The following article was originally published by NNY360 on June 3, 2021.

MASSENA — Of the 72 schools that applied, seven local schools have been selected to participate in a $1.5 million college and career readiness program.

St. Lawrence County schools that were among the 20 north country and Vermont schools selected for the CFES (College for Every Student) Brilliant Pathways program include Hermon-DeKalb Central School in DeKalb Junction, J.W. Leary Junior High School in Massena, Norwood-Norfolk High School in Norfolk and St. Lawrence Central Elementary School in Brasher Falls.

Jefferson County schools that were selected include Case Middle School in Watertown, General Brown Central School in Dexter and LaFargeville Central School in LaFargeville,

The schools will participate in the North Country Brilliant Pathways program, which was newly launched by CFES Brilliant Pathways, a college and career readiness nonprofit based in Essex, N.Y.

“We are very excited about this new partnership and are looking forward to the opportunities it brings to our students,” St. Lawrence Central Elementary School Principal Danielle Colterman.

“Proud of our high school for their acceptance into this new, dynamic program. Great things for NNCS!” Norwood-Norfolk Central School Superintendent James Cruikshank posted on Facebook.

The program will provide schools with a multi-faceted, comprehensive college readiness program that will put more students on a path to college. Program officials say a lower percentage of rural students currently attend college compared with their urban and suburban counterparts, and they drop out at far higher rates.

They said rural students attend college at a slightly lower rate than urban students, 59% versus 61%, but retention rates are much lower. Twenty-nine percent of rural Americans aged 18 to 24 are enrolled in colleges and universities compared to 42% of all Americans in that age range.

With the pandemic, Free Application for Federal Student Aid completions, a sign of intent to go to college, dropped 10% nationally this year and 15% in rural areas.

Program officials said the schools that were selected demonstrated a need for the program and a strong commitment to work in partnership with CFES to make it successful.

Several services will be provided to the participating schools, including a dedicated professional program director for each school who will make in-person and virtual visits throughout the year and guide the development of college and career plans.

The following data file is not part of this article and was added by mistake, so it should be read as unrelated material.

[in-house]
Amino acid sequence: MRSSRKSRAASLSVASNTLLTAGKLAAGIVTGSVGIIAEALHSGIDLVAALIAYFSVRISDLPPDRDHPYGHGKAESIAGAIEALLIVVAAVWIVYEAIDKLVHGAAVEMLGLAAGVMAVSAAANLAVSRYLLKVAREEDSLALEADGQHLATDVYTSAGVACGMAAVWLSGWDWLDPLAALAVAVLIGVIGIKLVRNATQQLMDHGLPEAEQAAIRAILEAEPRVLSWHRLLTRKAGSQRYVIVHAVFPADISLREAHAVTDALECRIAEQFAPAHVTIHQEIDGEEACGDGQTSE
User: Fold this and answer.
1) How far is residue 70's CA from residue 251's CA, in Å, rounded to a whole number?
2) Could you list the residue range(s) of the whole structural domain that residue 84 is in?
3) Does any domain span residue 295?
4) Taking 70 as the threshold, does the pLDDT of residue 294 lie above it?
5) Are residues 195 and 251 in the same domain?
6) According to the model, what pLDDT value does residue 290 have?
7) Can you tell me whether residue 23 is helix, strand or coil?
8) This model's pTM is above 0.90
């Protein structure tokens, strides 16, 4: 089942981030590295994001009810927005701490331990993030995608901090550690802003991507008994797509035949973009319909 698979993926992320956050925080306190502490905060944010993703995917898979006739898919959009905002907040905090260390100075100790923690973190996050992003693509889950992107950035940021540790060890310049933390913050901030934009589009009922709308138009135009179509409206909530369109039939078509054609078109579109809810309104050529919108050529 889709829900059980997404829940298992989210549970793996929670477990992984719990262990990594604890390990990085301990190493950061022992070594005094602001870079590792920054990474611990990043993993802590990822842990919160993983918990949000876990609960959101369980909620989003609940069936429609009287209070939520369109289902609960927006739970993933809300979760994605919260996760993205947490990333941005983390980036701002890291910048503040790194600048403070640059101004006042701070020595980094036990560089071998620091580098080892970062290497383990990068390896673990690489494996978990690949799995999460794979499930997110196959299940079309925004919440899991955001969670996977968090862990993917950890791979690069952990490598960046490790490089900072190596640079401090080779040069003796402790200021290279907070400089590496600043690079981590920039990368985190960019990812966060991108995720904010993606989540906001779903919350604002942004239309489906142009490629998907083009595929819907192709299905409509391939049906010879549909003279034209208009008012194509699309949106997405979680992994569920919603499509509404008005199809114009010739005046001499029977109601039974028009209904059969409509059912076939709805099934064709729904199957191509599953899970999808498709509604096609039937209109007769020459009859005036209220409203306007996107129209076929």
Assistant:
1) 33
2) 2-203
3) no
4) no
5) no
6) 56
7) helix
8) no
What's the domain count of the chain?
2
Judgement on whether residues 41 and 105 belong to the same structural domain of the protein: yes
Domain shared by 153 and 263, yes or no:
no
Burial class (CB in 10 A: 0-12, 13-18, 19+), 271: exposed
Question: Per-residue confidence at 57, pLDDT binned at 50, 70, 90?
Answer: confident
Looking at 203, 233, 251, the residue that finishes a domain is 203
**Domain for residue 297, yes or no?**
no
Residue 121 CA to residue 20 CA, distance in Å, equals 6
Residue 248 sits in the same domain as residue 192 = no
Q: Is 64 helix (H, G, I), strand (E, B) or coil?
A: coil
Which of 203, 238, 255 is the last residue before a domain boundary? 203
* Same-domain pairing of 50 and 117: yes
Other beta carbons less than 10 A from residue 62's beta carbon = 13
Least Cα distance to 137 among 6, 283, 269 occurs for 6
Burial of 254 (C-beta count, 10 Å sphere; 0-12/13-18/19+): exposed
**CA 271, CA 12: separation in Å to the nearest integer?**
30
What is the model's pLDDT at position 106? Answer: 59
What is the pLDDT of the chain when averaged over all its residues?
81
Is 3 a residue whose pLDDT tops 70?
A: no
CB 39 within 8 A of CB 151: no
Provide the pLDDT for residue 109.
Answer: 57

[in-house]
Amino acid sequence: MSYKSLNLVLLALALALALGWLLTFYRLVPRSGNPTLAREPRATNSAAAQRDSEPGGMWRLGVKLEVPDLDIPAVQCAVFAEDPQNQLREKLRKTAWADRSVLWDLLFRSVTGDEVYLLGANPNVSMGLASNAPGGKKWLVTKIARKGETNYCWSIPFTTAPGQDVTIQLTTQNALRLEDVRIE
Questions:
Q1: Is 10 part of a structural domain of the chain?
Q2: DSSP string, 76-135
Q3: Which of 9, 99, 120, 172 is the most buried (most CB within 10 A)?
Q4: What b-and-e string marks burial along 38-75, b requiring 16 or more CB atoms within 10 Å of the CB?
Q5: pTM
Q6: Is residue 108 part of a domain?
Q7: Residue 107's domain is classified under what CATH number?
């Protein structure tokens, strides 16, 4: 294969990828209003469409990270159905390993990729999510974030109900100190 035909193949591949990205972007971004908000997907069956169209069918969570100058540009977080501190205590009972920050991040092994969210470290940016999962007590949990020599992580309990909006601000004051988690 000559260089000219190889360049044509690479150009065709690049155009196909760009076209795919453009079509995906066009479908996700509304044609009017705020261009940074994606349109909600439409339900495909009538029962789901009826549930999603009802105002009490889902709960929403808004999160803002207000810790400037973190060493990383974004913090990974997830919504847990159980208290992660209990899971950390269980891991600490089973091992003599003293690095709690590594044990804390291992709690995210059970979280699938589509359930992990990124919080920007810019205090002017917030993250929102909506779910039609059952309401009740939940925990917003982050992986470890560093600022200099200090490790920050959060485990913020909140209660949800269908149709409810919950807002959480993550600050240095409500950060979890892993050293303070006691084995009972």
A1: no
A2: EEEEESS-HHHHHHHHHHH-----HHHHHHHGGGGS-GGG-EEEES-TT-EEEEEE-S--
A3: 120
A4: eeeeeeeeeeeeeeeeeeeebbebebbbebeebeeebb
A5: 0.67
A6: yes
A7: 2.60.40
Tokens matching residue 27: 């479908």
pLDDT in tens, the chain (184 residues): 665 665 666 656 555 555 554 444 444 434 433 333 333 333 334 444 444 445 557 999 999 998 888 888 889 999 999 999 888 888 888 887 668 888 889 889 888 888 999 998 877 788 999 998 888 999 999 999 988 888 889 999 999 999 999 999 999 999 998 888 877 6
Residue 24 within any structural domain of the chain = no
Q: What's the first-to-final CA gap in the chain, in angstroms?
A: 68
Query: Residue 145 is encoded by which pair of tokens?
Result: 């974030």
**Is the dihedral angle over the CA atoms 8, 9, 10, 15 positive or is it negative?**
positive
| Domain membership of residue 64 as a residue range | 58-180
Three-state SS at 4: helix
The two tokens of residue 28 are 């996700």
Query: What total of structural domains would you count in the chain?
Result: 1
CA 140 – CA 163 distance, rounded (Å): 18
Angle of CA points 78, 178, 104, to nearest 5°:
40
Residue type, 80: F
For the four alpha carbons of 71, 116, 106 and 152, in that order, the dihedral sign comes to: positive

There will also be several professional development and enrichment opportunities for educators, partners and families. Included are monthly college and career readiness advisor trainings certified by the University of Vermont.

The program will offer a vast library of resources, as well as partnerships and networking opportunities with 200 colleges and universities and 230 businesses and corporations. In addition, there will be opportunities for networking, collaboration and recognition, including becoming a nationally recognized School of Distinction.

The North Country Brilliant Pathways program will also offer partnerships with urban schools to promote cultural exchange and connection and prepare students to navigate a diverse world. Each participating student will complete an annual 10-point college and career plan that is certified by CFES.

“We couldn’t be more pleased with the responses, both in their number and quality,” CFES Brilliant Pathways President and Chief Executive Officer Rick Dalton said in a statement “Too many rural young people lack the skills and education to take on today’s high-wage jobs, and they are being left out of the 21st century economy as a result. The goal of this program is to level the playing field for a large group of rural students and ultimately rural communities.”

He said the new program will be expanded in the future.

“We hope to find additional funding to work with other schools that applied. All of them submitted strong applications. The program will serve as a national model for rural students across the country,” Mr. Dalton said.

Other New York Schools that were selected for the program include Brushton-Moira Central School in Brushton, Crown Point Central School in Crown Point, Keene Central School in Keene Valley, Long Lake Central School in Long Lake, Northeastern Clinton Central School in Champlain, Northern Adirondack High School in Ellenburg Depot, Plattsburgh High School in Plattsburgh and Tupper Lake Middle High School in Tupper Lake.

By Bob Beckstead